Samuel Solomon on "Feelings"

(for Emma Heaney)

We're going to the party why are all these people here?
They're all different kinds of people wait no they are all the same
We spent the day a-marchin' and now we are at the bar.
This bro needs a good neck punch cuz he has no good ideas
About how to get the speaker to the soundsystem. I'm transported
In front of it, am not sure how, and this banner is twisting everywhere
Because it has three different posts. I can't be bothered to explain,
But it was really hard to carry and we're trying to move fast
Among the other moving people. It's much simpler in the bar
To cut vertically thru your teeth with a laser than it is to
Beam the day back up. I'm relieved by some suspension for
I've often described these novelistic feelings but never
Sought to change them. The last thing I wanted was to bring
It to the bar, to explain it to nonpartisans who drink up
Our blood like Manhattans. They could have been there, too,
Or no, they couldn't. Emma, kick me in the pants again,
And tell me why I'm wrong; you wouldn't smile unless
You meant it. I pick friends apart from others and we
Just pick friends apart. All day you were becoming ferocious
But it wasn't a very good protest and this is certainly not a good
Bar and we're getting careless now but talking, we are trying.
You photograph yourself crying and open the little curtain
And yell Hey, get in here, and I get it. I'm tired now I'll rest my head
On the last thing I want to tell you. I tell you by not telling.
Waiting at the bar now a small forward's all I am, but
Waiting at the curbside might just make the day stop leaving.

On "Feelings"

What happens when the feeling's gone? The occupation is evicted, the protest is dismantled, things return to normal. You go to the bar after the protest, and it's devastating. May 1, 2012: the annual May Day immigrant rights march takes place in downtown Los Angeles in the wake of the Occupy movement the previous autumn. Since the massive nation-wide immigrant rights protests of 2006, May Day has been the biggest mass mobilization in LA, combining traditional international workers' day agitation with a focus on (im)migrant rights in the USA. In 2012, everyone wanted a piece of the march, but in many ways it was less successful than the previous 5 May Day demos that I'd been at—it seemed somewhat over-organized and directionless. I was at the demo with the socialist-feminist organization that I work with; my friend Emma was with a different grouping. We didn't cross paths at the demo, but when things ended we met up for a friend's party at a bar. The poem starts and ends with a regular meter—the pulse of the march dissipates at the party. It returns when Emma and I have talked enough to push the rhythm of the day on into the night and hopefully beyond. This poem is a micro version of the book from which it is taken, Special Subcommittee (Commune Editions, 2017). The book is an elaborative questioning of the durability and inheritance of the revolutionary activities of the 20th century, including those of my own communist grandparents.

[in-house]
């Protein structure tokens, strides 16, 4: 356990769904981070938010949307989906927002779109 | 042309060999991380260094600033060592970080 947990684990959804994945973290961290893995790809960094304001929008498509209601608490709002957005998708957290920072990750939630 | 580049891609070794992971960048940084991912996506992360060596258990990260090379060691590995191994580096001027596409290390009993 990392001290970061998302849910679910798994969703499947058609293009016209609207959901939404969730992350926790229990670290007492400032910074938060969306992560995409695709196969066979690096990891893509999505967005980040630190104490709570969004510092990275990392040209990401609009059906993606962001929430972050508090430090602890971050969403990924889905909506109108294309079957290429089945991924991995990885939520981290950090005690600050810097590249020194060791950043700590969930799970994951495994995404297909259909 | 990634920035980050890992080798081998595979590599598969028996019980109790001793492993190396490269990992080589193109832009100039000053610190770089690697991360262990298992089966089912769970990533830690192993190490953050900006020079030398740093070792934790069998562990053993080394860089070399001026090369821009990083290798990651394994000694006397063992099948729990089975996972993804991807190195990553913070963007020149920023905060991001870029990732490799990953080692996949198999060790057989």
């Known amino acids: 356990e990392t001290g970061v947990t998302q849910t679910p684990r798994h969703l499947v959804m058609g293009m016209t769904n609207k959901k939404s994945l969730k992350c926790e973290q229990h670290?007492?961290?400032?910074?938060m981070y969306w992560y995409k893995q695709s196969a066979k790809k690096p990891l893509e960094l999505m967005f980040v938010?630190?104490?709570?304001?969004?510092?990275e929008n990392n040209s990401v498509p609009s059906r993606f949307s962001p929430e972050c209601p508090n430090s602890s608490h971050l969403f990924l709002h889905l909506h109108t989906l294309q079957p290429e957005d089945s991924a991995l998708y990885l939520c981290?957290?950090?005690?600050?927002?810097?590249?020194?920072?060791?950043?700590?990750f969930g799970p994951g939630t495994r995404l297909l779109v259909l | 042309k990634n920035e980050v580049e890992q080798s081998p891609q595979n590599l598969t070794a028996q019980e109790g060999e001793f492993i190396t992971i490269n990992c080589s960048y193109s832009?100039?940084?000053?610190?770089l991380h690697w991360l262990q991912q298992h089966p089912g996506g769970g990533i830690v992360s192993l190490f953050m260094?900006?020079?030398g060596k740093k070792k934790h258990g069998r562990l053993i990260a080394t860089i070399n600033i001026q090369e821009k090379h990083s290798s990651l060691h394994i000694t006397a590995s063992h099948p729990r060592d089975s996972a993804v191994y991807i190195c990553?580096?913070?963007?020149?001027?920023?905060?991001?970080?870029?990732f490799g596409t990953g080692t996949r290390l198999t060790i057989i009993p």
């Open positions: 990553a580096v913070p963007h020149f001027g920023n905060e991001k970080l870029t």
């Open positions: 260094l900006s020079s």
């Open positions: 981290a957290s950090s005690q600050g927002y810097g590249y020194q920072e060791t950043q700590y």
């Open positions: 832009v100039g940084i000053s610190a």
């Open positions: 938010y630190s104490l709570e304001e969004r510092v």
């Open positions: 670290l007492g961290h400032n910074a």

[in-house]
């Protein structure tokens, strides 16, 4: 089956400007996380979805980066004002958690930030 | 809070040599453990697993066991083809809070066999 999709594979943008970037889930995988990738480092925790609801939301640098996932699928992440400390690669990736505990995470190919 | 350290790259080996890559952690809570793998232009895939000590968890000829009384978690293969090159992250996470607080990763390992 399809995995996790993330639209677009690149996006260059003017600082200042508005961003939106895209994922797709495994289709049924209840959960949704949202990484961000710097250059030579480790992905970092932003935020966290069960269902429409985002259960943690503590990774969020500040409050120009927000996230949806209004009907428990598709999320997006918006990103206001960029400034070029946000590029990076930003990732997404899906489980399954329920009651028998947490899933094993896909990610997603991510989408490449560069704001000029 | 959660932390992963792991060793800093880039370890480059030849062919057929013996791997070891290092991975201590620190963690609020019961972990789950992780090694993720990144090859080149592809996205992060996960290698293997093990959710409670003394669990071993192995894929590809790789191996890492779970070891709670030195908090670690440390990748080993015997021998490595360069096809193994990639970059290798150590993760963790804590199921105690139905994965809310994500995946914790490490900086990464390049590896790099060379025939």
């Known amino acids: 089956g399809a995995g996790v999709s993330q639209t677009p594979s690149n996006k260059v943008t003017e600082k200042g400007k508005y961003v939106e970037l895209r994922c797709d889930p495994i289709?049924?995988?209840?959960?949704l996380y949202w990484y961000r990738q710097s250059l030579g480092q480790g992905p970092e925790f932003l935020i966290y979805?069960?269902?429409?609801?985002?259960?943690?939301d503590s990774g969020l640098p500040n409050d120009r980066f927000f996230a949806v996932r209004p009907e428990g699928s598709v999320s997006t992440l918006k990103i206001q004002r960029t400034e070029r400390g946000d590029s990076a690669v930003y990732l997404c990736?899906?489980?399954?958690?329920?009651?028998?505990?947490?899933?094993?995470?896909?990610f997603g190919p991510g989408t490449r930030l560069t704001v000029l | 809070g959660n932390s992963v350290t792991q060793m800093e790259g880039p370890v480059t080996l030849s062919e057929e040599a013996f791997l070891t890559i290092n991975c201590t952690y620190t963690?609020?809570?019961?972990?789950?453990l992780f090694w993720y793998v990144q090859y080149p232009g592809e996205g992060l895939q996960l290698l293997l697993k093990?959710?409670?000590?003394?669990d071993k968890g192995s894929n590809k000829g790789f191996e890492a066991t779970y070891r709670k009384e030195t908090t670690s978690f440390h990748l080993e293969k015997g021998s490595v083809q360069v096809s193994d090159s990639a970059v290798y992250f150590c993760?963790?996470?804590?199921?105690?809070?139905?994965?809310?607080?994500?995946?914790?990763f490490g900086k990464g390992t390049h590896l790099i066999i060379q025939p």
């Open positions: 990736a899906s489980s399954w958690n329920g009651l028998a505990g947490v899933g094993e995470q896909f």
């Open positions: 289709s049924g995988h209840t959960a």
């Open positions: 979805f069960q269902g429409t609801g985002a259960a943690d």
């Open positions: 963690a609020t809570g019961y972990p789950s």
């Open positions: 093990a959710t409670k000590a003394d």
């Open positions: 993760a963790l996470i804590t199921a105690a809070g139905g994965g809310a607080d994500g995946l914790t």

There's much more to say (and that has been written) about that demo, and about the intersecting movements and antagonisms that both did and did not coalesce there, but this poem doesn't go there, because it's insistently stuck in its own melancholy. I don't want it to be this way, but it was, for that night, anyway. That melancholy is dangerous, and it's real, and friendship is one way that I've found to work through it. Emma's is one such friendship.

Another such friend, the poet Sophie Robinson, had invited me to give a reading in London at the inaugural night of a queer poetry event, named "Feelings," that she would continue to hold for about a year at Vogue Fabrics in Dalston. I used the occasion to try to write honestly and openly about my own "feelings," something that I might otherwise be too squeamish to admit I was doing (thanks to Sophie for pushing me past that). I asked Emma to write something, too. She sent me an email, and she said, "take take take!!!!" (i.e., she didn't want co-author credit). "Feelings" is about three-quarters my writing, one-quarter Emma's.




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